On its 72nd graduation ceremony on the 28th of April 2021, Rhodes University will confer a degree of Doctor of Laws (LLD) (honoris causa) on community builder, Nontsikelelo Ntsiki Biko.
Vice-Chancellor, Dr Sizwe Mabizela said this conferral on Mama Biko is in recognition and celebration of her long and sustained contribution as a dedicated community activist and an advocate for the upliftment of the poor and marginalised in our society. “Deeply rooted in the philosophy of black consciousness and the approach to community development that promotes self-reliance and personal agency, she has played a critical role in giving hope and livelihoods to the communities in which she has worked. Through her community activities, she has touched many lives and helped young and old regain their dignity, self-respect and humanity,” explained Dr Mabizela.
Mama Biko was born in Libode close to Mthatha in the Eastern Cape. She completed her junior certificate at Buntingville Secondary School and matriculated at Shawbury Senior Secondary School. Ntsiki has training in General Nursing and Midwifery, a Diploma in Advanced Nursing Science from the University of South Africa and certifications in nursing from Grey Hospital (geriatric care and HIV/Aids counselling) and Dora Nginza Hospital in Gqeberha (primary health care).
In 1966, while in training, she met the leader of the Black Consciousness Movement, Bantu Stephen Biko who was a medical student at the University of Natal. When she was asked about her relationship with Steve Biko she replied: “I must say, he was very politically involved then as president of SASO… and somehow I fell for him.” Three years later, in 1970, the young couple married and had two children, Nkosinathi and Samora (named in honour of Mozambique nationalist leader, Samora Machel). Mrs. Biko was further blessed with a daughter, Bulelwa Lindelwa, in 1988.
In 1972, when her husband was banned to Qonce, Ntsiki and her family settled in Ginsberg. She managed to get work at St. Matthews in Keiskamahoek. She was posted there until 1977, when she left due to pressure exerted by the Ciskei Government and worked for two months at All Saints Hospital, eNgcobo until Steve was arrested on 18th August 1977 and subsequently killed by the Security Police in September. Ntsiki was unable to work until 1981 due to the inquest into Steve’s death, other related court cases and the perpetual interference of the security police.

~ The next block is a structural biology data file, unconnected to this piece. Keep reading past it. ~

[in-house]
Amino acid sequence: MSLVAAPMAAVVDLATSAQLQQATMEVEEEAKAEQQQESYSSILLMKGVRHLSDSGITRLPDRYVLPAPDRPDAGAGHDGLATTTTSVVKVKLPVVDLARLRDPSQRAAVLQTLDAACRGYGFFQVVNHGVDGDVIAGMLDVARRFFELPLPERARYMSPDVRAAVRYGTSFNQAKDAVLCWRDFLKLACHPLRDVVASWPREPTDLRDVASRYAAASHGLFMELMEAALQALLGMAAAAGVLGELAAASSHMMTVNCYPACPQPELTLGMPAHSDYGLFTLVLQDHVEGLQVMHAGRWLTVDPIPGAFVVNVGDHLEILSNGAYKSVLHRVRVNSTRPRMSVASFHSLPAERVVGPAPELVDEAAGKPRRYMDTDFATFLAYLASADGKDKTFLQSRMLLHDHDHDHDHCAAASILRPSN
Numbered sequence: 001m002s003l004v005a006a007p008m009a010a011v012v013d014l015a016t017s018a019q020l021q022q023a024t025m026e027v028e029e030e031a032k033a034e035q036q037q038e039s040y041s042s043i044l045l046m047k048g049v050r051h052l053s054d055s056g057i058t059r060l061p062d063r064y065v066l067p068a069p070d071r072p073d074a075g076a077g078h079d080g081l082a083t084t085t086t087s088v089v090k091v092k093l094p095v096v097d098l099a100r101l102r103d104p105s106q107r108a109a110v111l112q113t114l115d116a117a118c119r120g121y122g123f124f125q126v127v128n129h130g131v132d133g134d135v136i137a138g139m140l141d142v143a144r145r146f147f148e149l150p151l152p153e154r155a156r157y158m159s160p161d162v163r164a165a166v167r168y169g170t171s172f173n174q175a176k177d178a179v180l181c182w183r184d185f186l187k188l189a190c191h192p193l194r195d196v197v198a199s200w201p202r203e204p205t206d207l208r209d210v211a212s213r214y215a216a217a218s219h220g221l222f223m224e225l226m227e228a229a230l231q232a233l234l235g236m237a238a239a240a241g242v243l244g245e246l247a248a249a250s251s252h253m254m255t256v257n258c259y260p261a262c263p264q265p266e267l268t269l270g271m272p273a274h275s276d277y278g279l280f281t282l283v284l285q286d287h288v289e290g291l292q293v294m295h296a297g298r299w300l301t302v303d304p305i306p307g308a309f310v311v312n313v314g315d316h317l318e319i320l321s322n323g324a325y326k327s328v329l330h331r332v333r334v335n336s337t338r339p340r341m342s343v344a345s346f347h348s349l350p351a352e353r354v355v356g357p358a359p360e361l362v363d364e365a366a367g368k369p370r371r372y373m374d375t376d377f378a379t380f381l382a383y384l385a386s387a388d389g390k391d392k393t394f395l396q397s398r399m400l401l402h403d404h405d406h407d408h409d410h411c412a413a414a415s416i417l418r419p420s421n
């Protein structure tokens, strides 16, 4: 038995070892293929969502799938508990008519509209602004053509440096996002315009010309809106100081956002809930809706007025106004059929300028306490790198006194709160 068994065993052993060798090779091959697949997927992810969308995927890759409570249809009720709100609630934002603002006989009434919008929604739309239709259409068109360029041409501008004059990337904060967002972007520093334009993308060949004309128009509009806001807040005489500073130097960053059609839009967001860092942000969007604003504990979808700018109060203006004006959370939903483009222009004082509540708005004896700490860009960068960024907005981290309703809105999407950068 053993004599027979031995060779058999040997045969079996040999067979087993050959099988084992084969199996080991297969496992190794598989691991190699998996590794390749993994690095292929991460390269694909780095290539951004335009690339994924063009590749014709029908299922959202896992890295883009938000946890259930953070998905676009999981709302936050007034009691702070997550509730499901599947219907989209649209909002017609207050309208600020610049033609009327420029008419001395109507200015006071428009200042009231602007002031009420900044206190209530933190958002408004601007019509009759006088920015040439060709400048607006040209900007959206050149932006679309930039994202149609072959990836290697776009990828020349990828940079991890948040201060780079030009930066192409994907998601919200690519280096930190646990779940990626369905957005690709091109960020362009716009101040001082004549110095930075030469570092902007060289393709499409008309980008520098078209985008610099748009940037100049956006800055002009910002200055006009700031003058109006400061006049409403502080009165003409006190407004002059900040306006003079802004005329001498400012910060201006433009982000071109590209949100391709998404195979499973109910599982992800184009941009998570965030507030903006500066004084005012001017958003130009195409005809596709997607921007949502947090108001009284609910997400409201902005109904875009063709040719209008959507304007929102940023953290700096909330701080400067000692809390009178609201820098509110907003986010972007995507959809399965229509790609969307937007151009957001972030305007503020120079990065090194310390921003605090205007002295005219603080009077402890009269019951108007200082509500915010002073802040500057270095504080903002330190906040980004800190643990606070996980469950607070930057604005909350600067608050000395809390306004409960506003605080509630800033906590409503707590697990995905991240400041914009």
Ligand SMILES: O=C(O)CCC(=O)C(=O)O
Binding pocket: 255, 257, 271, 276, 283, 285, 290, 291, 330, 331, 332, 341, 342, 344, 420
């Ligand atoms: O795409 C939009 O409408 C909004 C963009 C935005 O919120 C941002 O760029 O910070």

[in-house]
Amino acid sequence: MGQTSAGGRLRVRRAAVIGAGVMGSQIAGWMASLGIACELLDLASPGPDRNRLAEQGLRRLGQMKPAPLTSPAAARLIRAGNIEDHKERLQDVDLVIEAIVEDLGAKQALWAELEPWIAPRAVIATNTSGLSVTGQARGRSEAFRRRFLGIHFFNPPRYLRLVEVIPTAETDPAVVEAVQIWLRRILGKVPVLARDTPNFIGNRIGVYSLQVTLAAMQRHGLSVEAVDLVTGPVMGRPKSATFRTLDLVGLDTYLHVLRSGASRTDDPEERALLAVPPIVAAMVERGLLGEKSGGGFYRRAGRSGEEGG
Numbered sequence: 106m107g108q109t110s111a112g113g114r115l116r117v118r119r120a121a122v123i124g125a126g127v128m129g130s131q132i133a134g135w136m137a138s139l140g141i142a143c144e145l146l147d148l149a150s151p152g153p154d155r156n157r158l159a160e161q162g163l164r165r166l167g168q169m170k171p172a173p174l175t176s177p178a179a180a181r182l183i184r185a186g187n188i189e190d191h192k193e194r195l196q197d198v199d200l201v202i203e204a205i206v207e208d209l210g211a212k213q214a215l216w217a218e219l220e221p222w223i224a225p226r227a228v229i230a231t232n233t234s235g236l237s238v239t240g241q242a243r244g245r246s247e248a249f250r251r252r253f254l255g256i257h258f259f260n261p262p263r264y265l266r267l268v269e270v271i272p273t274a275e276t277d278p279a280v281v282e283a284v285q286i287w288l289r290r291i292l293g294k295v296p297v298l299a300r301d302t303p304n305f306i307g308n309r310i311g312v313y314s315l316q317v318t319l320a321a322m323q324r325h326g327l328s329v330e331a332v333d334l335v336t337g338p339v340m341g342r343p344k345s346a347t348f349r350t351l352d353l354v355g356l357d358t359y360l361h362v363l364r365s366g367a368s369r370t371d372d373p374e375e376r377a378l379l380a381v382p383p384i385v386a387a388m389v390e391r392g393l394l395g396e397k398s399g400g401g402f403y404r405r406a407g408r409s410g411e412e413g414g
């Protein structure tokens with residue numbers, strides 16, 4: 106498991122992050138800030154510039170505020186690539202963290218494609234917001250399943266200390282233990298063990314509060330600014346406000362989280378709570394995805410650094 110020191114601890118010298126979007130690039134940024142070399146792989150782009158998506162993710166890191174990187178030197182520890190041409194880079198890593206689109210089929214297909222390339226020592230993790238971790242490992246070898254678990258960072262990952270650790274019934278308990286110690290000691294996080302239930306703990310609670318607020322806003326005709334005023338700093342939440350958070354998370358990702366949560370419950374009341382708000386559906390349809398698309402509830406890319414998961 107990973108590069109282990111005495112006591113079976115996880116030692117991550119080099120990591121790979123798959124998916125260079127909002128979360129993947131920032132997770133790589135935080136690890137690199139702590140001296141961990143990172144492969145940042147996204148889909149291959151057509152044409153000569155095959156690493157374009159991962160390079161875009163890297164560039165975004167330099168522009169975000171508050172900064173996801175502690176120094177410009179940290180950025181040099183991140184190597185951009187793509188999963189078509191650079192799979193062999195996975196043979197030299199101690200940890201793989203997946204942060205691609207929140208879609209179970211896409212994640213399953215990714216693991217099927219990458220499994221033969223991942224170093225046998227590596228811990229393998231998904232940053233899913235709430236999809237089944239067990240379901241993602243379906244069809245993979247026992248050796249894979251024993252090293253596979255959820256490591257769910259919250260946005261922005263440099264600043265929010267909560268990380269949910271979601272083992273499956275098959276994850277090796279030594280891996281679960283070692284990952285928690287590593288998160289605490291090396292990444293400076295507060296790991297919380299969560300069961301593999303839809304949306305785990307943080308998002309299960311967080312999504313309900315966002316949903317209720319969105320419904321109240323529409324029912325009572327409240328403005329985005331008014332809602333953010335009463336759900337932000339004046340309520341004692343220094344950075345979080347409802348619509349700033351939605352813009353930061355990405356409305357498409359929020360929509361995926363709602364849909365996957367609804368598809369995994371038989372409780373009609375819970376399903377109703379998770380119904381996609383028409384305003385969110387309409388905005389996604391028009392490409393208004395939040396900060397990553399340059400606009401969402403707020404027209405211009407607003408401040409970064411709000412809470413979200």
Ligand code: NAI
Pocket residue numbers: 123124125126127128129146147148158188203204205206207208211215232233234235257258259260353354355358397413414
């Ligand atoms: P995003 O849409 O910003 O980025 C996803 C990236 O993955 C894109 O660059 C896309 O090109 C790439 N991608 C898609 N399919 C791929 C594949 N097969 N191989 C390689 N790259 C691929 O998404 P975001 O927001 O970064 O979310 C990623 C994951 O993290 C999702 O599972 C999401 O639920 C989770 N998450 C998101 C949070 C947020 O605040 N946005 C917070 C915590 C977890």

Ultimately, Ntsiki obtained employment at Grey Hospital in King William’s Town where she was on staff until 1999 when she was boarded off due to injuries sustained in a serious car accident. Even here, however, the authorities intimidated the matron so as not to associate with her. Working with stern resilience, Ntsiki continued to be a champion of community-based activism - a distinct trait of the approach of the Black Consciousness philosophy - upholding the Biko family name and preserving Steve’s legacy. During this time, Mama Biko as she came to be fondly known, focused on community work, with her passions directed towards education and healthcare. She became member of the Ginsberg Civic Association and a Trustee of the Ginsberg Education Trust which would later evolve into the Zingisa Trust Fund; assisting impoverished youths to access education opportunities through bursaries.
Mama Biko spearheaded the establishment of the Steve Biko Foundation, together with her son, Nkosinathi. The Centre is now her primary base for her continuing community activism and she participates consistently in programmes at the Centre including public dialogues, book launches, exhibitions and performances. “It is an honour to have been awarded this recognition of my life's work by Rhodes University. Having devoted my life to the provision of public health care services, amongst others, I must dedicate this honour to the thousands of frontline workers who have defended our country against the COVID-19 pandemic,” she concluded.Source: Communications
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